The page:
Recreational activities are so important for individuals of all ages for maintaining social engagement, reducing isolation and maintaining a positive quality of life. Whether you prefer solitary activities like gardening or cards, or more active, group centered activities like bowling or board games there are many accessible options available.
Advancements in assistive technology (AT) have led to adaptive equipment for just about any activity or sport. I cannot possibly cover it all, let alone in one Blog. In this 4 part Blog series – Let’s Play – I will offer examples for many inclusive, accessible options for recreational activities for all ages and ranges of abilities.
In the past, it has often been difficult for individuals with impairments to participate in outdoor activities. I cannot wait to show you the possibilities that exist to remove barriers to play!
In Part 1 we will focus on a variety of low tech assistive technology and adapted recreational activities.
For the go-getter wanting physically active social engagement
Yard Yatzee and adapted volleyball are great options for the backyard get together! They can also be played indoors for year around fun!
Large dice Yard Yatzee allows participation for individuals of all abilities. If the player has limited upper body strength or mobility they can roll the dice right off their lap or a table. Additionally, a handle can be added to the side of the bucket for easier access to pouring the dice.
Image Source: Farkle
With adapted volleyball you can play from a seated or standing position, creating an accessible activity for individuals of all ages and abilities. Lowering the net and using a beach ball removes many barriers associated with the standard game of volleyball.
If you have a child with special needs attending your gathering, having a full support swing that accommodates an individual up to 120 pounds is a great way to include them in the festivities. It could also be used with an indoor swing system or hung from metal ceiling beams in a basement for indoor use.
Image Source: eSpecial Needs
I know that I would go stir crazy if I had to see only the inside of my house day after day. For those who want to get out in the community, bowling and swimming are great options. Who doesn’t love a bowling alley birthday party? The use of a bowling ball ramp allows access to a fantastic social activity for individuals of all ages who lack the strength or skills needed to send the ball down the lane in a traditional manner. Most bowling alleys should have a bowling ball ramp, but be sure to call ahead.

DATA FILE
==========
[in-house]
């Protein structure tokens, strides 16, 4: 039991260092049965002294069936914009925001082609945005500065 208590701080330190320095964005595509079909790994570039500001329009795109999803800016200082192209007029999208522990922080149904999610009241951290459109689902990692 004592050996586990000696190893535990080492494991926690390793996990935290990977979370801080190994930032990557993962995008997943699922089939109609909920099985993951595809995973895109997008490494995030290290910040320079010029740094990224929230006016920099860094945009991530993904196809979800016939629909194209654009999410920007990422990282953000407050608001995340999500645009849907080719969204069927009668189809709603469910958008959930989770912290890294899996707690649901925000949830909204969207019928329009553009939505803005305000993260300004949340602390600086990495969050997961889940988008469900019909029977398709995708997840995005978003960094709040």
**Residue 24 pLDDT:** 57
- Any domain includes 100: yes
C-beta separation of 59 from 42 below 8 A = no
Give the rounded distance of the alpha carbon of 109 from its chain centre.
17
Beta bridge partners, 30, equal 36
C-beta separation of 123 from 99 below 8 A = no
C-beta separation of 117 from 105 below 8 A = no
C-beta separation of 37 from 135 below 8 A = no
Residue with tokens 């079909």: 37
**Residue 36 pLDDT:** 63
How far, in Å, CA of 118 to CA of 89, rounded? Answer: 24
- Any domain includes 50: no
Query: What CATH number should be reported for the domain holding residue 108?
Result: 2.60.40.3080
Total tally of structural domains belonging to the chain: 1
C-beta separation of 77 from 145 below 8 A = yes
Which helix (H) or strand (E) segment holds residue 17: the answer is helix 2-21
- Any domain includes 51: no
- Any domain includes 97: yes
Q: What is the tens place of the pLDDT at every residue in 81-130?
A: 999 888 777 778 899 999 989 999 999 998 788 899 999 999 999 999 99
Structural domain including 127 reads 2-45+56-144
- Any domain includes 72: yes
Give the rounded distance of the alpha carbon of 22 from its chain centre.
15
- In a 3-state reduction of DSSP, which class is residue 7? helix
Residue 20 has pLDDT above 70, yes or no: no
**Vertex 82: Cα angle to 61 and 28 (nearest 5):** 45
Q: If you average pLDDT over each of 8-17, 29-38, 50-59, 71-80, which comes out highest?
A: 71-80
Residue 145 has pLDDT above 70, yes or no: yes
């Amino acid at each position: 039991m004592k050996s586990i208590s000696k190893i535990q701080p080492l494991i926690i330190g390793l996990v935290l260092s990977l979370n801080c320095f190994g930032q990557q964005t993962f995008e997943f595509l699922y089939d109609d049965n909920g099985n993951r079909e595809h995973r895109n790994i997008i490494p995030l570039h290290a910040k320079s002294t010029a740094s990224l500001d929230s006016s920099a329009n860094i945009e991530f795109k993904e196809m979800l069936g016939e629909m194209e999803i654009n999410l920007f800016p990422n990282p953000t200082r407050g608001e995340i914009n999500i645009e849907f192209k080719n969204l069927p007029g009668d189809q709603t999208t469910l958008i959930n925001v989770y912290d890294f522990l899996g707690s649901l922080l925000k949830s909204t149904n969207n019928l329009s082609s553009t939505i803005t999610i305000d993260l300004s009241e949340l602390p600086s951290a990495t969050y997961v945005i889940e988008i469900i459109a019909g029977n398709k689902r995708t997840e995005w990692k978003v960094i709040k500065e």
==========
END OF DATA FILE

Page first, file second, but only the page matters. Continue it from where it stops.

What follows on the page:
Swimming in a staple of summertime activities. The Firefly Splashy Chair allows for a young child with postural instability to be included in the fun. It would be great for a beach or zero-entry pool, indoor or outdoor.
Image Credit: FireFlyfriends.com
For those who just like to chill out
Physically active social activities are not for everyone. For something a little more low key, but still social, there are many options for adapted games. A great option is cards with large print and table top holders to hold the cards. These reduce the barrier to playing for individuals with low vision, arthritis or other impairments limiting their ability to hold and manipulate cards. For the child that loves friendly competition, an adapted version of hungry hungry hippos is a great option. You won’t even mind the racket caused by the marbles because the sound of their laughter will be amazing.
Gardening is an activity many people enjoy, and even find therapeutic. For an individual who has had a stroke, struggles with arthritis or has impairments related to other conditions, gardening can present a number of challenges related to positioning and using the tools. A variety of gardening tools with different handle positions are available and can relieve barriers to gardening associated with hand or joint mobility. Adapted gardening tools allow you to do those activities that have brought you joy over the years.
The Garden Rocker by BlueSky Designs can help give seated stability, yet flexibility to relieve some of the physical demands. Added bonus, it can be used for any activity where someone needs to be near the floor, like petting a dog or playing with a baby.
Check out many other options at: http://thestrokethrivers.blogspot.com/p/gardening.html
Whatever the activity or your level of ability, chances are there is assistive technology or adapted equipment available to help increase access to recreational activities. If it doesn’t exist, it can likely be modified – or even custom made for your needs.
Be on the watch for Part 2 of the series where we explore high tech assistive technology recreational activity options that make play more accessible!